Friday, January 8, 2016

The Story of an Almost Cult Member

So, I have had writers block this morning and decided to stop refreshing Facebook and go put on my face (ie my make-up). I listen to podcasts while I get ready because, really it’s the only quiet time (usually) that I have where I am sitting and can focus, but not focus (understand that?). Anyway, today on a podcast I was listening to (which I am sure I’ll share with you later - once I finish listening) the comment was made that if someone could live anywhere in Texas, they’d pick Austin. To which I made a snarky face and thought “last place I’d want to live.” Being a Dallas girl, I could never picture myself in Austin. Also, a majority of the people I grew up with on South Padre Island are now in Austin fueling my desire to avoid that area, but really I think the main reason is the one trip I took when I was a senior in high school. That is the story I want to share with you today. 

During my senior year (in 1996 - yikes) I was a member of Future Homemakers of America - which is so me now, but was so far from me then. I am not sure why I joined except I thought I needed to be in a club and my interior design (my favorite class in school) teacher led the group. In the spring, before I graduated, we got to go to Austin for the weekend to attend the Future Homemakers of America Texas Conference (I am quite sure that isn’t what it was called), but oh man Austin, I was so excited. Because at that time in my life Austin was cool, it was eclectic and free! And there were boys going, not sure why they were a part of Future Homemakers, but hell, I didn’t care, they were boys! 

I roomed with a friend who was just as much trouble as I was at the time. We received our first lecture not shortly after checking in to our hotel by our teacher, “ladies, I did not get us smoking rooms, so you need to please take your cigarettes outside.” I think we also had beer hidden under the bed - it was lovely and the reason why I think twice about Shelby going on school trips.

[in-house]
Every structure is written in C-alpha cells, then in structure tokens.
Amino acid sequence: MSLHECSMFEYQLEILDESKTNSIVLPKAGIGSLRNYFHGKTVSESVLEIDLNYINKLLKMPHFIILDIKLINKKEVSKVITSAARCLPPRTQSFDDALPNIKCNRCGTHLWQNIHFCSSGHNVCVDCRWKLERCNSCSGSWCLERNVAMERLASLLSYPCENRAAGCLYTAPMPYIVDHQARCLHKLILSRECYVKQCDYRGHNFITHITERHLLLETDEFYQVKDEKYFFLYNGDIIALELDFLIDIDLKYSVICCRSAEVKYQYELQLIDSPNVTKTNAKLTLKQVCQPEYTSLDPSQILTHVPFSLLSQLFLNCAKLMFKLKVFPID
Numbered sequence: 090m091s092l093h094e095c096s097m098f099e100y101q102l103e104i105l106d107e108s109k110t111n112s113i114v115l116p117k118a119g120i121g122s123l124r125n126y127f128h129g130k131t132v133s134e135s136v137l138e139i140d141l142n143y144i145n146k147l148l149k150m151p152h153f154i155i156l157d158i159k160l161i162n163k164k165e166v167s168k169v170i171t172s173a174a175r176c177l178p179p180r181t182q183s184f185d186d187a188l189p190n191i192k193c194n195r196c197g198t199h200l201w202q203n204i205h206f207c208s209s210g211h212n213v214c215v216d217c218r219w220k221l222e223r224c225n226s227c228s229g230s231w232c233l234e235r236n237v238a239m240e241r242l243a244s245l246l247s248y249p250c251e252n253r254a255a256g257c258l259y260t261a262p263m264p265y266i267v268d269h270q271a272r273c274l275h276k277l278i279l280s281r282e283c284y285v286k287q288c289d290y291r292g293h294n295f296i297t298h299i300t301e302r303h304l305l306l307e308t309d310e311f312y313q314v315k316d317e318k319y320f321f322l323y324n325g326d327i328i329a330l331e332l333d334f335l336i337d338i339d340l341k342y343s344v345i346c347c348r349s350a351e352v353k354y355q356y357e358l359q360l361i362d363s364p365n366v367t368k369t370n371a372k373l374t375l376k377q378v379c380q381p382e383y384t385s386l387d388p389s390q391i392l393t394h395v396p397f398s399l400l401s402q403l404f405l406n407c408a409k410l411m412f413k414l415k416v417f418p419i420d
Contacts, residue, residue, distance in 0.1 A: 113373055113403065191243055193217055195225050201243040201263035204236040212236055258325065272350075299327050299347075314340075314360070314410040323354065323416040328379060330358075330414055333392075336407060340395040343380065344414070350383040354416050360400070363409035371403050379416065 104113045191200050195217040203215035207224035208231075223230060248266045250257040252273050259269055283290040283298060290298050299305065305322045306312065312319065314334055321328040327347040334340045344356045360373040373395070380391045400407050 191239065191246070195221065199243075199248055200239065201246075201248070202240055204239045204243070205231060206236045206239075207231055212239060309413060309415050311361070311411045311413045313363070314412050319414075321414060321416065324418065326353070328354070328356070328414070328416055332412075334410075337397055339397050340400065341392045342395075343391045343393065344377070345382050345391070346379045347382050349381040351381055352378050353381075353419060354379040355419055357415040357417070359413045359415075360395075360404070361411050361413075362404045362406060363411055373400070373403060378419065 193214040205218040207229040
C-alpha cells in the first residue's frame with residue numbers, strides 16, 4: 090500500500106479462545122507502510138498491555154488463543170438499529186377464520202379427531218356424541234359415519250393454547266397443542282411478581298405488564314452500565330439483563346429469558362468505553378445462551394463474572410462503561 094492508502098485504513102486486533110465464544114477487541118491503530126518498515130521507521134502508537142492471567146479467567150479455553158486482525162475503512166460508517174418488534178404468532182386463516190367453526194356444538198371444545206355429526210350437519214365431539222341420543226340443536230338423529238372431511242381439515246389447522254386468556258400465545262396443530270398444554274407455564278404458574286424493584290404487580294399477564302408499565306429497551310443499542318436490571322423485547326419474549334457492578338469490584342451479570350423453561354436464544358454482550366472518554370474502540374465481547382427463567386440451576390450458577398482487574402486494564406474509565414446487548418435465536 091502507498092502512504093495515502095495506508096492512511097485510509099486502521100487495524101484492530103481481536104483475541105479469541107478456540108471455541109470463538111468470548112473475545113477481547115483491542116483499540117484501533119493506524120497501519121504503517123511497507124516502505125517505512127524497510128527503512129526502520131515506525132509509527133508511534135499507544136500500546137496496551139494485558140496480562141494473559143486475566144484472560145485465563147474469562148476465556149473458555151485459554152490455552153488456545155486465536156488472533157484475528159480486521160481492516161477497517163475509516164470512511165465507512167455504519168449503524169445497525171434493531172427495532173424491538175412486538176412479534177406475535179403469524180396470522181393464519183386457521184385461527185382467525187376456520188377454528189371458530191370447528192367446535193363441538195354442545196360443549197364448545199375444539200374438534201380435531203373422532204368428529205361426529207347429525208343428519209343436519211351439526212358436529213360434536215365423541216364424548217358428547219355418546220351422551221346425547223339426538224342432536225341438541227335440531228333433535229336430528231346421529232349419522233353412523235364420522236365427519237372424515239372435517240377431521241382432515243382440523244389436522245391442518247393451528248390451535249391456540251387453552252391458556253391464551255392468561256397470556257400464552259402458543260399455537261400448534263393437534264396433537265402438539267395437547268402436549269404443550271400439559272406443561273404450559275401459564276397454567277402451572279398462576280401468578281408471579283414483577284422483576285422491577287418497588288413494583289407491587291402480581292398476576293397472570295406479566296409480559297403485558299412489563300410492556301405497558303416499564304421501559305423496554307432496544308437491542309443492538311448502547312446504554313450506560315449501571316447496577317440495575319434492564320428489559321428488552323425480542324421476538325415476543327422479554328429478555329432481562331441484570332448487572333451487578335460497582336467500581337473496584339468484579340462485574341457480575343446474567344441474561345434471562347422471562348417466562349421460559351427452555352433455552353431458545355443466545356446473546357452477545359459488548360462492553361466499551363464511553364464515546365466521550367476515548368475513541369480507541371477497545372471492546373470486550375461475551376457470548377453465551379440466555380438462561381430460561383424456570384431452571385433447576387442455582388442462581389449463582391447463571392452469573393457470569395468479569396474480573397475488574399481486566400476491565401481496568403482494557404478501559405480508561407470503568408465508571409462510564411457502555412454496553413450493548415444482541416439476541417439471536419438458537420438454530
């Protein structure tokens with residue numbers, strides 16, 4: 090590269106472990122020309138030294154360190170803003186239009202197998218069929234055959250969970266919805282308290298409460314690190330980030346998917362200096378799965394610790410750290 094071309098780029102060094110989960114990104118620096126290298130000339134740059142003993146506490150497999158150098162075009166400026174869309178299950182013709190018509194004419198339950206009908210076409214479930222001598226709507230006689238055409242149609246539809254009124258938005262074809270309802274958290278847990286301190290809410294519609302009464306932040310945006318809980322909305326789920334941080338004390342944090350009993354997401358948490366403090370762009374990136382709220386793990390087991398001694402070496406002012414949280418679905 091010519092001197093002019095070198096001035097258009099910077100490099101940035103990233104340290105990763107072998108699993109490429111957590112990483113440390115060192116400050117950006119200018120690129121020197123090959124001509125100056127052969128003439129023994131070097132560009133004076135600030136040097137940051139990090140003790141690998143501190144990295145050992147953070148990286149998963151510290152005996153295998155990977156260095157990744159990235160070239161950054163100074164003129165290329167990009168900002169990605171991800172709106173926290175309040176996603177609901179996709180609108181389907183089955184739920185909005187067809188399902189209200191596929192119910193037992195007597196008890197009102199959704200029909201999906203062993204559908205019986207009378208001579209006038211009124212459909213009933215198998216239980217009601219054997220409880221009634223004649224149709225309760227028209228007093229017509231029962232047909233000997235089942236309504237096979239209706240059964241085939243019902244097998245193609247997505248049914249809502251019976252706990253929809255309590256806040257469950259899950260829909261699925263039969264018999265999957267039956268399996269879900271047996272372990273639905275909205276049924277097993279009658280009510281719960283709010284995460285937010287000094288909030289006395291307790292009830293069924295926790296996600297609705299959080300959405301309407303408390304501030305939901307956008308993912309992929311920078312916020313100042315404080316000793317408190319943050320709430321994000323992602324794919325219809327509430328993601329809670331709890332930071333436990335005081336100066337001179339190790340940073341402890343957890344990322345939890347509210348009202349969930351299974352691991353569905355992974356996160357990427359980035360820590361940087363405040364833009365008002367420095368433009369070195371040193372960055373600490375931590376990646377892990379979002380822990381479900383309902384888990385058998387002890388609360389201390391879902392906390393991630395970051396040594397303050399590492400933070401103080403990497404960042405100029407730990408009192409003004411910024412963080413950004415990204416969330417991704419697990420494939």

The first day we were there we were unleashed on the University of Texas Campus, unsupervised and I am just in shock typing that, how in the world did they get by with just saying, “Okay, go have fun and meet us back in the library at 3 pm.” 

As many of my peers where taking their spending money to the Gap on the corner I was going in and out of used clothing stores looking for awesome vintage wares you can only find in Austin (or so I thought at the time). It was in the midst of my vintage euphoria when I met him. This dreamy blonde hair blue eyed guy who quickly struck up a conversation with me. He was selling cassette tapes (yep, the nineties) of music that him and his friends produced. He was so handsome and so into what I had to say that I bought two tapes and a very back roots style magazine that detailed their lives and how they lived. I pretty much gave this guy every penny of my spending money as we stood on the busy sidewalk of Guadalupe Street. 

I quickly, popped it into my walkman and listened to it all night. I thought it was so awesome. I read every page of the newspaper quality magazine, I was hooked, I wanted to know these people, hang-out with these people. I shared it with my friends during our next day in Austin, they thought it was super cool and very “Austin” as well. 

I don’t remember too much else from that trip, we skipped all of our conference activities and walked to the capital - we thought we were all that and bag of chips because we spent all day wondering the halls that we thought were off limits (they probably are now). 

As soon as I got off the bus back in Dallas, I handed my mom the magazine saying, “Isn’t this just the coolest thing you’ve ever seen? And they all live together on this big farm and they make this awesome music. I really could see myself living there, wouldn’t that be cool?” 

Her response, “Dana, this is cult and they are living on a commune.” 

At that time I had no idea what either of those words meant other that hearing a baptist preacher saying something about a “hippy commune” once during a sermon. I was that girl, I was the type of girl cults look for, a girl that was a little too free spirited for her own good and oh, so trusting. 

So, even though I know that it’s not a fair judgment, Austin will always be the home of the cult that almost sucked me in. I am pretty open and could be considered eclectic, but Austin is just a bit too much for me (or at least the conservative girl who also lives inside of me thinks so). 

I jumped on google after writing this and located the group, it was Zendik Farm which at the time was in Bastrop. They were known for passing out their magazine in the area of Austin where I was and the pictures I have found are pretty similar to those that sucked me in. What a scary thought - I was so close to having a seriously bad life changing experience. 

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